Google Maps 14,312 3.4%
Moment.js 14,038 3.4%
SWFObject 13,521 3.2%

Unsurprisingly, jQuery tops the list. This is right in line with what we saw back in March, and what you would probably expect. No library yet has come close to reaching jQuery’s universal appeal. One caveat here: React is currently being underreported. Once the updated detection script has been pulled into Lighthouse, its numbers will increase (and the overall percentage of vulnerable sites will likely increase slightly as well).

Now, let’s change it up and look at which libraries are found to be carrying known vulnerabilities.

1
2
3
4
5
6
7
8
9
10
11
12
13
14
15
16
17
18
19
20
CREATE TEMPORARY FUNCTION getLibs(items STRING)
RETURNS ARRAY<STRING>
LANGUAGE js AS """
  try {
    return  items.match(/"name":"([^"]*)"/ig);
  } catch (e) {
    return [];
  }
""";

SELECT library, COUNT(0) Volume
FROM (
   SELECT getLibs(JSON_EXTRACT(report, "$.audits.no-vulnerable-libraries.extendedInfo.vulnerabilities")) AS libs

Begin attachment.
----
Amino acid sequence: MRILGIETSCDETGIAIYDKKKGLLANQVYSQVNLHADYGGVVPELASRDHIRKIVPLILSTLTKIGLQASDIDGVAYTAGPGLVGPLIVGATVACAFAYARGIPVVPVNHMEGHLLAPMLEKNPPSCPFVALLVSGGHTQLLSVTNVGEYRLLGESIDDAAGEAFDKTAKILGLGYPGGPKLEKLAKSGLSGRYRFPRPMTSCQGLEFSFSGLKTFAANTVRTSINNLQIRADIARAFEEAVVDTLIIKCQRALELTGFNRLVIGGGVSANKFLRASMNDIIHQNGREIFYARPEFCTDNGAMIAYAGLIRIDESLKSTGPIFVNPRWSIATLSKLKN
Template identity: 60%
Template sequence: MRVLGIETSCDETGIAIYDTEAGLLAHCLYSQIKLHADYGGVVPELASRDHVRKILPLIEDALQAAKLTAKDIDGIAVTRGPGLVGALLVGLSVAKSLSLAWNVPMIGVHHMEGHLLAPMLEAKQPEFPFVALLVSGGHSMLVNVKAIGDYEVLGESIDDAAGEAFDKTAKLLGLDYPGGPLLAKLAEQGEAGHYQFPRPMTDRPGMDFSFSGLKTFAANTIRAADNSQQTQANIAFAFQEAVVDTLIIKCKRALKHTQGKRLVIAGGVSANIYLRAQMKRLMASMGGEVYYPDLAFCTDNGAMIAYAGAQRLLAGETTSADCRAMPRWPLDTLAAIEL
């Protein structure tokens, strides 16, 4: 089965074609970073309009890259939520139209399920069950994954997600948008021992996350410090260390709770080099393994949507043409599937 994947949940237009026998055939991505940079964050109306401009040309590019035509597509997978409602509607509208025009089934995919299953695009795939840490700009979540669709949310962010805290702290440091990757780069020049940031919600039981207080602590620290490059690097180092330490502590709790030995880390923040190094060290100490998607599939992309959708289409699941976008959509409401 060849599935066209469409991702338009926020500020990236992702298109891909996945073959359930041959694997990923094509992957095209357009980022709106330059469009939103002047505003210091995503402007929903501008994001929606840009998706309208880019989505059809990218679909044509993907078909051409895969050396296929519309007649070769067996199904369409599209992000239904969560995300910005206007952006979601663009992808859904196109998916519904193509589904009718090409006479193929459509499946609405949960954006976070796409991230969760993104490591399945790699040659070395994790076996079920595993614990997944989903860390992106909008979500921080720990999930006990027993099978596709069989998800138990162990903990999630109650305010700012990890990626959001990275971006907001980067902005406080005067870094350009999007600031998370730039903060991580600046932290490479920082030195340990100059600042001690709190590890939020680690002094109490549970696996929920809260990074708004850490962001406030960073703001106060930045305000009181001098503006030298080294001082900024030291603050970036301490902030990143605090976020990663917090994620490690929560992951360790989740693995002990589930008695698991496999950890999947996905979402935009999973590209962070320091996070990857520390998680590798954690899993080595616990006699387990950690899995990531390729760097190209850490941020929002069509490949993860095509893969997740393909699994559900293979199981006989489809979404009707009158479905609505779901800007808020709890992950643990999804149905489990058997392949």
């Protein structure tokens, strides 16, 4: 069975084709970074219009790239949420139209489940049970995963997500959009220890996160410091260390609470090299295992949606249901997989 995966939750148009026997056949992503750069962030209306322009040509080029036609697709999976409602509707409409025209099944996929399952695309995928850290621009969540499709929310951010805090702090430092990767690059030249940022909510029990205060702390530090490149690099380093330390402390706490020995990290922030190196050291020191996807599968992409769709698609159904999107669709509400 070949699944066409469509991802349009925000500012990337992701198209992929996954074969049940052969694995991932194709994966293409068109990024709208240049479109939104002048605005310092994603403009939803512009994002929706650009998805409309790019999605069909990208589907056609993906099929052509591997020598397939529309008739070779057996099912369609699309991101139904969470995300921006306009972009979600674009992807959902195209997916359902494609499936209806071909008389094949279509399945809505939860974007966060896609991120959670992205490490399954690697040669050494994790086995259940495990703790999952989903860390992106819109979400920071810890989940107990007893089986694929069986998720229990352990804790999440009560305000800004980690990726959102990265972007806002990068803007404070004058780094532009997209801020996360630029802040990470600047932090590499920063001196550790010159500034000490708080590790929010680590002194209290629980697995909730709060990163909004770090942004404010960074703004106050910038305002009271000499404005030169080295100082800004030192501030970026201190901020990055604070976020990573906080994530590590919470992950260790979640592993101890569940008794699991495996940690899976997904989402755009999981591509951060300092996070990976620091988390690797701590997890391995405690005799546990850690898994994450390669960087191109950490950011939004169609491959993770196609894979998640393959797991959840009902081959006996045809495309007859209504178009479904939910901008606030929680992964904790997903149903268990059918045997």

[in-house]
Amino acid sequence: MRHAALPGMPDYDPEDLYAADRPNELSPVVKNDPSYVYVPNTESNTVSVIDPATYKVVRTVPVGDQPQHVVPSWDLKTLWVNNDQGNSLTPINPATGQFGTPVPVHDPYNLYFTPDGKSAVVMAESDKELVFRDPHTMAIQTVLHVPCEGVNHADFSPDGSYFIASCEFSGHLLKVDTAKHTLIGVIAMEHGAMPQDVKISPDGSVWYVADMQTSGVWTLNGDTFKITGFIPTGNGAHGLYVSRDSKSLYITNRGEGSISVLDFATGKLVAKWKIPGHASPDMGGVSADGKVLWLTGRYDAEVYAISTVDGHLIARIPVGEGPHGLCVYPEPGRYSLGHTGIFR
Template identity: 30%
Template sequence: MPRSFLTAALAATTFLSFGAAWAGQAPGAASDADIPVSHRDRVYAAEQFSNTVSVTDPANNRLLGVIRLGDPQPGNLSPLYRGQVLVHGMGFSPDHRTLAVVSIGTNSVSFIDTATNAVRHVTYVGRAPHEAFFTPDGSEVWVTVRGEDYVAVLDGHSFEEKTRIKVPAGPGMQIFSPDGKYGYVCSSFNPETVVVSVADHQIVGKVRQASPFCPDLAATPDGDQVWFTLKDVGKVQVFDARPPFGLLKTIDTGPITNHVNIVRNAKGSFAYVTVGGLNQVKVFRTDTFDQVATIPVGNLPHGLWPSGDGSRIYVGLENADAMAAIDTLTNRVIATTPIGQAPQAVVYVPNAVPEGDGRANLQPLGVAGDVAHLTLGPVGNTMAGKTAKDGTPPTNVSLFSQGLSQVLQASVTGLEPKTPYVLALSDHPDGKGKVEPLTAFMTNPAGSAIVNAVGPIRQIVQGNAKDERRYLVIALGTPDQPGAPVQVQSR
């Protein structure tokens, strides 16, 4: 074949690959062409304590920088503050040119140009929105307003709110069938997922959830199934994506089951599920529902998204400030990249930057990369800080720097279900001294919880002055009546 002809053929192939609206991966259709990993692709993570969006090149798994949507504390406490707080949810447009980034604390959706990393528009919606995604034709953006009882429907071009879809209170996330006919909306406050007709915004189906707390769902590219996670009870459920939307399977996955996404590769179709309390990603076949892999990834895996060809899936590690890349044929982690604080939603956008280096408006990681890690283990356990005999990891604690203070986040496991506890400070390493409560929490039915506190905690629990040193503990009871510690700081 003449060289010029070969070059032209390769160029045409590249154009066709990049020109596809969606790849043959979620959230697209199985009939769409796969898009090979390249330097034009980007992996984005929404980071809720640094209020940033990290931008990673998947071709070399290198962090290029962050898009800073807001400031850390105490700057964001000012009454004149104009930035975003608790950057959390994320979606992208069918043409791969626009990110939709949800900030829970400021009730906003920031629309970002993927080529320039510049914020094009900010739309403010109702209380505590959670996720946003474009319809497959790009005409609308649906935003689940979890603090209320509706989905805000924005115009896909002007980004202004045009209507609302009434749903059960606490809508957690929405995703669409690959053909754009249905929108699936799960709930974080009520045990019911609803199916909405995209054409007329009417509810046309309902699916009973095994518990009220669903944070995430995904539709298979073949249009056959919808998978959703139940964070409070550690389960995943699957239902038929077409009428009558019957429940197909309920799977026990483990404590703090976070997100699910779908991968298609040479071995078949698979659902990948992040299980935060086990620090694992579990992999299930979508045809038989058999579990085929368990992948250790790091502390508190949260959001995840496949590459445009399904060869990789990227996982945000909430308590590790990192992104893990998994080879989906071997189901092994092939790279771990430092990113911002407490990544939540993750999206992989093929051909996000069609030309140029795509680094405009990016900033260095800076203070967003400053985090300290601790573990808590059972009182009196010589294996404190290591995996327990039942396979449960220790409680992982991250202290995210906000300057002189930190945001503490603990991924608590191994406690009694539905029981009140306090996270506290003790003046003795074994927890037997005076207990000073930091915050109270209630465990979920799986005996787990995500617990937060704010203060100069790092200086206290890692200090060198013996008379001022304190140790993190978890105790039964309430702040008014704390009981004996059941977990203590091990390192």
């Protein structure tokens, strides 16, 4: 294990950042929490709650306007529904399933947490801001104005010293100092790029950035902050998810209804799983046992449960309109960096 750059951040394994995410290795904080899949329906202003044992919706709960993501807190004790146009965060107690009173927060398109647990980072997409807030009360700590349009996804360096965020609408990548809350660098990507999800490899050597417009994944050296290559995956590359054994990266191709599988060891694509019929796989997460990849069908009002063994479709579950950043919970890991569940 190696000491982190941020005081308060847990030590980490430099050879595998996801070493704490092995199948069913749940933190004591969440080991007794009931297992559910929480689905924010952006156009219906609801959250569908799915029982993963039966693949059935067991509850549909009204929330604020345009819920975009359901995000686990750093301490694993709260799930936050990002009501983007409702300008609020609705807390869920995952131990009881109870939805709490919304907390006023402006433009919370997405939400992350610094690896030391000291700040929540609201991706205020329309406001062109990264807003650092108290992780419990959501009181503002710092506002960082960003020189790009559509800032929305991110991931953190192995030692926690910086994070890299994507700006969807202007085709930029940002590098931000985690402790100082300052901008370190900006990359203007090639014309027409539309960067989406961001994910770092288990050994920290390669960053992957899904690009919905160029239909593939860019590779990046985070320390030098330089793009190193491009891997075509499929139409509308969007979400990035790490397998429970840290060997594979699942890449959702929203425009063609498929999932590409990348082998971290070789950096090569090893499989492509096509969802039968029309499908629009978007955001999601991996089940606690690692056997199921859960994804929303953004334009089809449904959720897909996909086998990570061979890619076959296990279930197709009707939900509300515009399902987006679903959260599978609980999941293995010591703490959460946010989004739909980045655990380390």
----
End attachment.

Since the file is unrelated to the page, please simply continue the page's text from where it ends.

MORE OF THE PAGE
FROM `httparchive.lighthouse.2017_10_15_mobile`
)
CROSS JOIN 
   UNNEST(libs) AS library
GROUP BY library
ORDER BY Volume DESC
LIMIT 10

The top couple of names on the list are very similar.

Library Number of times found vulnerable % of all instances of this lib detected
jQuery 318,786 92.5%
jQuery UI 74,486 89.7%
Moment.js 10,245 73.0%
AngularJS 7,609 84.8%
Handlebars 3,129 60.7%
Mustache 1,925 51.0%
YUI 3 559 40.3%
jQuery Mobile 413 3.7%
Knockout 407 19.6%
React 181 10.2%

Looking at the percentages doesn’t paint a rosy picture. 92.5% of jQuery versions, the most popular library on the web by far, in production carry a known security vulnerability. In fact, of the ten libraries most commonly found to be carrying a known vulnerability, six of them are vulnerable in the majority of versions found in production.

This is the case despite the fact that every one of the libraries on this list has versions available that do not carry these vulnerabilities.